Public support for specific charitable 'causes' varies significantly, depending on political outlookOverall level of public giving/volunteering is 'party neutral'"Interesting to see how differences in different parties' supporter's specific charitable sympathies might sway coalition policy, as the Big Society unfolds," nfpSynergy commentsSupport for specific charitable causes varies with political outlook, according to out today
nfpSynergy has created this report to contribute to the knowledge of charities, policy makers and community organisations work¬ing to support young people involved with and affected by street violence, explore the facts about young people’s involvement in street violence and identify the groups most at risk and examine the solutions proposed by charities and not-for-profit organisations working to sup¬port young people with their needs and aspirations to prevent them becoming offenders.
“Small, local charities especially well-placed to harness goodwill of loyal hardcore donors,” vies nfpSynergy’s MolyneuxThe public are more likely to perceive smaller charities as being “friendly” but “amateurish”; and larger ones as being “professional” but “wasteful”, according to data out today. However, smaller charities may just have the edge - from a “loyal hardcore” - when it comes to attracting donors.
Men, the better-off and the young spearhead growing Scottish desire for charity to stay “at home” “Scottish charities should stress local spend and identity to boost domestic donations”, vies nfpSynergy’s BakerAs the economic lull has worn on, the Scottish public has increasingly felt that charitable donations made north of the border should also be spent there, according to new data out today.
Two thirds (65%) of British adults claim they trust charities, according to latest figures (Nov 2008)This 23 percentage point rise since July 2007 marks the largest increase in trust in any kind of public institutionBanks show nine percentage point slump in public confidence over the same period“Public and voluntary sectors appear trustworthy compared with failing private sector, epitomised by propped-up banks,” touts Saxton“Happily, despite downturn, public probably trusts a
Facebook easily the most popular, not least amongst those of university age “Engage with potential young campaigners and donors via their own online social milieu”, says nfpSynergy’s Baker5 out of 6 (83%) of all 11-25 year olds use at least one social networking site, with Facebook easily the most popular - according to data out today. Significantly, those claiming regular involvement with charities, and those of university age, are especially likely to use such online media.
Bullying, discrimination and buying the fruits of child labour: amongst activities that society adjudges most immoralCohabitation and sex before marriage: amongst least unethical activities, say public“Charities working at front line of moral relevancy, tackling what public deem to be our ‘modern-day sins’”, claims SaxtonCharities and campaigners are tackling the activities society most deems unethical, whilst issues still vexing many religions have less moral relevancy - according to new data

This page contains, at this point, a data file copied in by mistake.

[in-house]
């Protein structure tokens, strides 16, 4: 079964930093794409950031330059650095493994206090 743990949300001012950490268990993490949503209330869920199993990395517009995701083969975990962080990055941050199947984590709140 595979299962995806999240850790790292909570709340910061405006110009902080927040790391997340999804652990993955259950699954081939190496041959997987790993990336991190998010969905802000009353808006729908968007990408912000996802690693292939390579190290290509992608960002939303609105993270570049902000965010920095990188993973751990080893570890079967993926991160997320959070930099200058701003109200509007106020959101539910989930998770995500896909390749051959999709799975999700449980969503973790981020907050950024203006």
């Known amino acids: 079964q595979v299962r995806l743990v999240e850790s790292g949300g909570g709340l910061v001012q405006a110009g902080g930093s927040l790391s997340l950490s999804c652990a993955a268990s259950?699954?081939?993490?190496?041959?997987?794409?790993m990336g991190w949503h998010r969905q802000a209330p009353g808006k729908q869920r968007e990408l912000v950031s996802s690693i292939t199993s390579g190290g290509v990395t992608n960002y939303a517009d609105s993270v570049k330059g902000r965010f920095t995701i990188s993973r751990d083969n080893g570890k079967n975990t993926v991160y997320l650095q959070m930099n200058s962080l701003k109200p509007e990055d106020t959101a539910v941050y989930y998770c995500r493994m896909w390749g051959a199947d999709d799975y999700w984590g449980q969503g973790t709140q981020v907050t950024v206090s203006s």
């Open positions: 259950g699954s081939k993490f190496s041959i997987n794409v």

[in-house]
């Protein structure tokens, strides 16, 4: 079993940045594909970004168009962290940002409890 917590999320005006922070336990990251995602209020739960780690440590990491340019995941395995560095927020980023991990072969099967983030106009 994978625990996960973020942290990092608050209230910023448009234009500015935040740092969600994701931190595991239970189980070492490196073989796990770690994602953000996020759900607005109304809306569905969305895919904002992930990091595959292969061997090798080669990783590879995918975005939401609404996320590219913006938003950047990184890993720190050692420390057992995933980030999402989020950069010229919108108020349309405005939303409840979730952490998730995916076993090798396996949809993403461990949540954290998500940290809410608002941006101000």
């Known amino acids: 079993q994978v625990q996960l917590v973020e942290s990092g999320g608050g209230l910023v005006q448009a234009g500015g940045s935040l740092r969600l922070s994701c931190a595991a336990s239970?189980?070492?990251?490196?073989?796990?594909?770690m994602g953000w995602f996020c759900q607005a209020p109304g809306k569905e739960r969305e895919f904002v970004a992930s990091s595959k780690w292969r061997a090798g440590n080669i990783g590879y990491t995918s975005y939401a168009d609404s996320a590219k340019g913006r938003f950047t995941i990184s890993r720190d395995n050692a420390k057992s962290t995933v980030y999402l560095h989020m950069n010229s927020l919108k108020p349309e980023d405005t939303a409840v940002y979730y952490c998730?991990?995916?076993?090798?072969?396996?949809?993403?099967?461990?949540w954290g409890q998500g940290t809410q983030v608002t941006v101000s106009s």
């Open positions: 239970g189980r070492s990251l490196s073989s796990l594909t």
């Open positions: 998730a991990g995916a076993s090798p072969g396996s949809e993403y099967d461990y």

“Recession has made Scots philanthropically cautious” although “dip in giving may have flattened out”, vies nfpSynergy’s BakerThe number of Scottish people claiming they “donated to charity in the last 6 months” has dipped from 79% in April 08 - before the full felt force of the economic downturn - to just 71% in April 09, according to new data out today. Scottish males and the middle-aged (35-64 year olds) seem to have fronted the slump.
“Fantastic opportunity for courageous charities to respond to this public plea”, rallies nfpSynergy’s BakerThe public are keener than ever for charities to be 'supportive', 'sympathetic' and 'responsive', now that the UK has entered recession, according to new data out today: demands that pose an interesting challenge to an already struggling third sector.
Last year 1 in 4 MPs didn't even bother going, rising to almost 1 in 3 Labour MPs "More persuasive to lobby politicians face-to-face in Westminster or at constituency level" says nfpSynergy's Lincoln As the party conference season gets underway, only 13% of MPs and 9% of Peers rate attending such gatherings as one of the best ways for charities to influence them, trailing almost every other lobby tactic - according to a poll out today.
This presentation, from our 2009 Scottish seminar, examines the 'Obama effect', and the way his election campaign combined new online methods with tried and tested campaigning techniques. It includes examples of his campaigning and fundraising emails, and looks at what charities can learn to use in their own work.
A presentation from our 2009 Scottish seminar looking at which charities have the highest awareness in Scotland, how the Scottish charity sector compares to the UK as a whole, what charities can do to impress MSPs, and more results from our Scottish research.